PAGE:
Mentions: To address this issue, we created HeLa cell lines stably expressing C-terminal monomeric enhanced GFP (mEGFP) fusions of the key mitotic kinase Aurora kinase B (AURKB-GFP) using four different transgene methods (Figure 1A). We used genome editing by ZFNs (Bibikova et al., 2003) or TALENs (Miller et al., 2011) to target recombination of EGFP from a donor plasmid containing regions of homology to endogenous loci (Figure 1Ai). In addition, we performed random integration of BACs or cDNA plasmids (Figure 1Aii; Poser et al., 2008). For each transgene method (Figure 1A), we created several monoclonal or pooled HeLa lines stably expressing AURKB-GFP, which we validated with a series of assays (Figure 1B; see Materials and Methods for detailed protocols). Briefly, after introduction of the tag, expressing cells were isolated by fluorescence-activated cell sorting (FACS; Figure 1C) and then screened by fluorescence microscopy for specific localization to mitotic organelles as expected for AURKB (Figure 1D; Terada et al., 1998). We distinguished homozygous from heterozygous clones (AURKB has three alleles in HeLa cells; Landry et al., 2013) for the genome-editing methods (Figure 1B; In vitro) by genomic PCR (Figure 1E and Supplemental Figure S1A), Western blot (Figure 1F and Supplemental Figure S1B), and Southern blot (Figure 1G and Supplemental Figure S1, C and D).


Comparative assessment of fluorescent transgene methods for quantitative imaging in human cells.

Mahen R, Koch B, Wachsmuth M, Politi AZ, Perez-Gonzalez A, Mergenthaler J, Cai Y, Ellenberg J - Mol. Biol. Cell (2014)

Construction and validation of genome-edited cell lines expressing AURKB-GFP. (A) Schematic of fluorescent gene–tagging systems used to create AURKB-GFP. (i) ZFNs or TALENs cause DNA double-strand breaks at the C-terminus of the AURKB locus, before repair with a donor construct containing EGFP (arrow). (ii) Plasmids containing AURKB-GFP as either the full mouse gene (BAC) or as cDNA are randomly integrated into the genome. (B) Flowchart of assays used to construct genome-edited cell lines. Junction PCR was not used to screen plasmid-based systems since the genomic locations are unknown. (C) Fluorescence-activated cell sorting of GFP-positive cells. Gates were drawn based on comparison to nonfluorescent wild-type parental cells. (D) Fluorescence confocal microscopy maximum-intensity z-projections of genome-edited AURKB-GFP cells (clone HZ2). (E) Junction PCR screening of ZFN genome-edited AURKB-GFP clonal cells. Stars denote clones with all alleles successfully targeted. (F) Western blot screening of nocodazole-arrested ZFN AURKB-GFP cells with anti-AURKB antibody. (G) Southern blot screening of ZFN AURKB-GFP cells using a probe in AURKB intron 2 after Kpnl and Nsil digestion. (H) Mitotic timing from live-cell imaging; cells were automatically classified into cell cycle stages using mCherry-H2B as previously described (Held et al., 2010). n >355 cells from two experiments.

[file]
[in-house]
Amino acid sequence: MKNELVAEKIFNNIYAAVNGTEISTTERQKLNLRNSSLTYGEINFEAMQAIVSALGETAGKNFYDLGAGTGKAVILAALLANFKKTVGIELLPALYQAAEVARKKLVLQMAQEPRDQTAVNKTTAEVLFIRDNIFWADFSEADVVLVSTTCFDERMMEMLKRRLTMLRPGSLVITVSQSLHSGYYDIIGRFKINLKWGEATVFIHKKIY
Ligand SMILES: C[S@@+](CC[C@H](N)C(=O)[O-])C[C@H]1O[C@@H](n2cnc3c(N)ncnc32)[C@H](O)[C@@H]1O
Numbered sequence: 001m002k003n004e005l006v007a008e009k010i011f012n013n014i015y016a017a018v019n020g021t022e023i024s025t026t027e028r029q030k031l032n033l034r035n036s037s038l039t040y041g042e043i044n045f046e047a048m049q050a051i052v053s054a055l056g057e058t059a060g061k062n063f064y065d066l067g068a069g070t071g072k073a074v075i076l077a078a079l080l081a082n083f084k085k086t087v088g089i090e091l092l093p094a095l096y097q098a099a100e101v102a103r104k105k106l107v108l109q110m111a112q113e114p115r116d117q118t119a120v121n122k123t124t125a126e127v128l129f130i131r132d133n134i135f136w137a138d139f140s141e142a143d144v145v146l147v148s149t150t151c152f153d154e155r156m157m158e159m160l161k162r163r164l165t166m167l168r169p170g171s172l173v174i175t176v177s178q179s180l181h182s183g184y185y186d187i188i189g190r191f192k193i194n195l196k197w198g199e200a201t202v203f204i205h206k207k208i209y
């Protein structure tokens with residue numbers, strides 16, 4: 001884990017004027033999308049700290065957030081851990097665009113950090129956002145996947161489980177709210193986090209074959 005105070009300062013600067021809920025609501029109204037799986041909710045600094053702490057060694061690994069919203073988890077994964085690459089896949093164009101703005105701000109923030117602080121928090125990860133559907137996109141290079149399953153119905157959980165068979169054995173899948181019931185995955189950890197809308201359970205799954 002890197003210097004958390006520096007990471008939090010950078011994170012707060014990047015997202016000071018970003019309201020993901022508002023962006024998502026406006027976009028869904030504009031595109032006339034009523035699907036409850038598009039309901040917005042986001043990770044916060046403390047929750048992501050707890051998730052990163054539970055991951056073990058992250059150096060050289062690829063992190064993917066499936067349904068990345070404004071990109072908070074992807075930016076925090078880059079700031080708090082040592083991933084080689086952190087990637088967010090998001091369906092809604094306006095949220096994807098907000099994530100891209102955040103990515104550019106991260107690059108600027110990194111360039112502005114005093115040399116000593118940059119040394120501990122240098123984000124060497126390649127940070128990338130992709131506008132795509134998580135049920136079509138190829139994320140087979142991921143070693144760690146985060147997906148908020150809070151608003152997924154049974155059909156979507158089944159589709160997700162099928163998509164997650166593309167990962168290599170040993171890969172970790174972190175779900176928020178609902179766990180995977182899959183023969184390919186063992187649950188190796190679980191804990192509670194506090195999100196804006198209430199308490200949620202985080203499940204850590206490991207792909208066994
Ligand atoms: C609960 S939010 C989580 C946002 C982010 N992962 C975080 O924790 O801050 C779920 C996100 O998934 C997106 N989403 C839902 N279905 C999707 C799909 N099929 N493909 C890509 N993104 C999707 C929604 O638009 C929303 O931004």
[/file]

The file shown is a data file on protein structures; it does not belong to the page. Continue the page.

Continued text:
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Related In: Results  -  Collection